On Thursday, Amazon announced via a press release the introduction of its Anti-Counterfeiting Exchange or ACX program, which is aimed at helping retail stores to identify and monitor counterfeit items in the marketplace. This initiative is part of Amazon’s broader strategy to combat organized crime on its e-commerce platform.
For Amazon, one of its biggest challenges with regard to counterfeit products and its propagators is preventing those from accessing its platforms or entering its storage facilities in the US. To address this issue, the new program is designed to function similarly to data exchange initiatives established by the credit card industry to locate scammers and detect their methods. Retail stores and Amazon marketplace vendors can participate in the program by anonymously submitting information and documents that identify counterfeiters to a third-party database or utilizing the database to avoid conducting business with these fraudulent actors.
The ACX program has facilitated the consistent sharing of information, and its members utilize this data to identify and combat counterfeit activity, enhance their individual risk assessment frameworks, and submit more robust referrals to law enforcement to hold bad actors accountable. Amazon has already identified hundreds of matching accounts belonging to the same counterfeiters who attempted to establish selling accounts on Amazon and at least one other retail operator through ACX. The potency of ACX stems from the fact that once a participating store identifies a counterfeiter and shares their account details via the exchange, all other ACX members can become aware of the counterfeiters, enabling them to stop them in their tracks. Each participant has complete autonomy to determine whether and how to utilize the information obtained via ACX.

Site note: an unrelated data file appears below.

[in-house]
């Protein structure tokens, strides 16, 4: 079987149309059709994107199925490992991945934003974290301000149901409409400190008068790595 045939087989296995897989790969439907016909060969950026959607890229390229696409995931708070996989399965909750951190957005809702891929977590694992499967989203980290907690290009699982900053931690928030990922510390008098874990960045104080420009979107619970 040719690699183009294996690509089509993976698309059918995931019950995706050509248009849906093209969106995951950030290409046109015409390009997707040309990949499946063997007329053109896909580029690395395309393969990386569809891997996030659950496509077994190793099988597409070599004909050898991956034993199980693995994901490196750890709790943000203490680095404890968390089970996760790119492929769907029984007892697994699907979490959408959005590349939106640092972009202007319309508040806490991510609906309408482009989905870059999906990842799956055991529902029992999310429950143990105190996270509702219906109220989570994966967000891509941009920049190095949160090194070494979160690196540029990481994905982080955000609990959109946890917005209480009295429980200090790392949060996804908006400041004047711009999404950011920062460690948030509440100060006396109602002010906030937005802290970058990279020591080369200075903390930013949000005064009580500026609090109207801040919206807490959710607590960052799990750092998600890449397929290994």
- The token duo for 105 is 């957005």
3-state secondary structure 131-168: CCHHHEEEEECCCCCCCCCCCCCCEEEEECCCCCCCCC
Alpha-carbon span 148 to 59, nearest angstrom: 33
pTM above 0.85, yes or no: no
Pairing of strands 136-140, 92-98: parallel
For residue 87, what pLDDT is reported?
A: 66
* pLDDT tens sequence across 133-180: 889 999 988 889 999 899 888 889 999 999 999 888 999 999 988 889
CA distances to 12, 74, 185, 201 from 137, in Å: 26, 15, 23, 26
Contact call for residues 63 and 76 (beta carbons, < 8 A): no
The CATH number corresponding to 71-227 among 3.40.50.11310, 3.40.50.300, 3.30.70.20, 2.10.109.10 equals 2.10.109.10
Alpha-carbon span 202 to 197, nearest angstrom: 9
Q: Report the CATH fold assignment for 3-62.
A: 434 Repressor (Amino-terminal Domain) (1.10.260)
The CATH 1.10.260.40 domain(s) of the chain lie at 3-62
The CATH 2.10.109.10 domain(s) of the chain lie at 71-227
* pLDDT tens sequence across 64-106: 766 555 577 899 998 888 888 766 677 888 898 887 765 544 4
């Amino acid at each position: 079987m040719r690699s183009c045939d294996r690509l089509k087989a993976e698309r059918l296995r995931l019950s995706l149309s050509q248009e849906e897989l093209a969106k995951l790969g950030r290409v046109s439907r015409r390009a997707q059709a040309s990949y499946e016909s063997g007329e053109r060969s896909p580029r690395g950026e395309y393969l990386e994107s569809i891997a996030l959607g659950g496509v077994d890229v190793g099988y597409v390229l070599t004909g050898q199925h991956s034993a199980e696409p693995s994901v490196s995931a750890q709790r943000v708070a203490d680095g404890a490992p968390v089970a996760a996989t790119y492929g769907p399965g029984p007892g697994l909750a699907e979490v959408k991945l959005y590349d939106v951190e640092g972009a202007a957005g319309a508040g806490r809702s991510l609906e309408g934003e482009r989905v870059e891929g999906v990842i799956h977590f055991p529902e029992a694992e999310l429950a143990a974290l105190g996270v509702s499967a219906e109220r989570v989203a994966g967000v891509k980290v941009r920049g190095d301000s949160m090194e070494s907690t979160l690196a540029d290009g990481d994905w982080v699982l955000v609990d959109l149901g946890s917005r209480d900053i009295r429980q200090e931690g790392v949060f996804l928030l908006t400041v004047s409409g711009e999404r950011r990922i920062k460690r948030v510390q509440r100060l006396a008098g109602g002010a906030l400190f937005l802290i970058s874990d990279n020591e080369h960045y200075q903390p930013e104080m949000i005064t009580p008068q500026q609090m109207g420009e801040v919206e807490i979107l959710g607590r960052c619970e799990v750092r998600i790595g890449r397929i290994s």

“We want our customers to have confidence in their shopping experience and for brands to know they are protected from counterfeits,” said Dharmesh Mehta, Amazon’s vice president of Selling Partner Services. “As we laid out in our blueprint for private and public sector partnership to stop counterfeiters, we think it is critical to share information about confirmed counterfeiters to help the entire industry stop these criminals earlier. By leading the way in creating an industry-wide solution to share information about known counterfeiters, we are excited to have helped improve the industry’s collective ability to fight counterfeit crime, providing consumers and rights owners with greater peace of mind.”
The retail giant tested the anti-counterfeiting program in 2021, collaborating with a confidential number of stores that primarily sell apparel, home goods, and cosmetics, Reuters reported. These categories are most vulnerable to counterfeiting. Amazon is also collaborating with the U.S. Customs and Border Protection on a data pilot aimed at helping the company detect and pinpoint low-value e-commerce shipments that may contain counterfeit items or infringe upon other regulations as part of its broader anti-counterfeiting endeavors.
With a keen interest in tech, I make it a point to keep myself updated on the latest developments in technology and gadgets. That includes smartphones or tablet devices but stretches to even AI and self-driven automobiles, the latter being my latest fad. Besides writing, I like watching videos, reading, listening to music, or experimenting with different recipes. The motion picture is another aspect that interests me a lot, and I'll likely make a film sometime in the future.